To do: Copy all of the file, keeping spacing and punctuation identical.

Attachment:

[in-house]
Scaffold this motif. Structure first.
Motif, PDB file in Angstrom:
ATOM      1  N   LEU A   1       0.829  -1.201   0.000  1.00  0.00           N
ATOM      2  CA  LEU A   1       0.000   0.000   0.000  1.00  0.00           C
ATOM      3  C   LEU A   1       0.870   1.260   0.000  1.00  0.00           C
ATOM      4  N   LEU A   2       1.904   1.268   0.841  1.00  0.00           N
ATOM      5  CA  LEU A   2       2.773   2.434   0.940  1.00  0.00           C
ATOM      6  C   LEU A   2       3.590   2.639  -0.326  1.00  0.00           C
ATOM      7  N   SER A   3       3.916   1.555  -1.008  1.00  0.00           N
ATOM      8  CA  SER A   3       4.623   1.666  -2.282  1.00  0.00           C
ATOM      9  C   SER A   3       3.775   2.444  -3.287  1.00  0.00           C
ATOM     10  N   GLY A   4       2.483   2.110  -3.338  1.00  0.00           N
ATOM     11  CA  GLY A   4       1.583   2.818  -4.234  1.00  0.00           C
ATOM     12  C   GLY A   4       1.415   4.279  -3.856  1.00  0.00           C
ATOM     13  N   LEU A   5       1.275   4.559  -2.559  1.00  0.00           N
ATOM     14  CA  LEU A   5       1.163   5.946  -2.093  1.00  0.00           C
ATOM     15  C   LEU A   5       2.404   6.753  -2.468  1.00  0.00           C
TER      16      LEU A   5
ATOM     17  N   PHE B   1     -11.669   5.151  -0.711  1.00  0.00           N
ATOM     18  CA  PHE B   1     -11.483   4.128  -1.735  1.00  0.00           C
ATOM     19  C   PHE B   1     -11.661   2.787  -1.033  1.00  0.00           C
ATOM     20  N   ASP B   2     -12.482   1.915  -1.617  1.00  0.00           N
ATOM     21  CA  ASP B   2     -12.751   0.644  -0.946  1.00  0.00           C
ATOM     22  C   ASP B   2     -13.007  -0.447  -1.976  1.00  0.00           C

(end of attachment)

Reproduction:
[in-house]
Scaffold this motif. Structure first.
Motif, PDB file in Angstrom:
ATOM      1  N   LEU A   1       0.829  -1.201   0.000  1.00  0.00           N
ATOM      2  CA  LEU A   1       0.000   0.000   0.000  1.00  0.00           C
ATOM      3  C   LEU A   1       0.870   1.260   0.000  1.00  0.00           C
ATOM      4  N   LEU A   2       1.904   1.268   0.841  1.00  0.00           N
ATOM      5  CA  LEU A   2       2.773   2.434   0.940  1.00  0.00           C
ATOM      6  C   LEU A   2       3.590   2.639  -0.326  1.00  0.00           C
ATOM      7  N   SER A   3       3.916   1.555  -1.008  1.00  0.00           N
ATOM      8  CA  SER A   3       4.623   1.666  -2.282  1.00  0.00           C
ATOM      9  C   SER A   3       3.775   2.444  -3.287  1.00  0.00           C
ATOM     10  N   GLY A   4       2.483   2.110  -3.338  1.00  0.00           N
ATOM     11  CA  GLY A   4       1.583   2.818  -4.234  1.00  0.00           C
ATOM     12  C   GLY A   4       1.415   4.279  -3.856  1.00  0.00           C
ATOM     13  N   LEU A   5       1.275   4.559  -2.559  1.00  0.00           N
ATOM     14  CA  LEU A   5       1.163   5.946  -2.093  1.00  0.00           C
ATOM     15  C   LEU A   5       2.404   6.753  -2.468  1.00  0.00           C
TER      16      LEU A   5
ATOM     17  N   PHE B   1     -11.669   5.151  -0.711  1.00  0.00           N
ATOM     18  CA  PHE B   1     -11.483   4.128  -1.735  1.00  0.00           C
ATOM     19  C   PHE B   1     -11.661   2.787  -1.033  1.00  0.00           C
ATOM     20  N   ASP B   2     -12.482   1.915  -1.617  1.00  0.00           N
ATOM     21  CA  ASP B   2     -12.751   0.644  -0.946  1.00  0.00           C
ATOM     22  C   ASP B   2     -13.007  -0.447  -1.976  1.00  0.00           C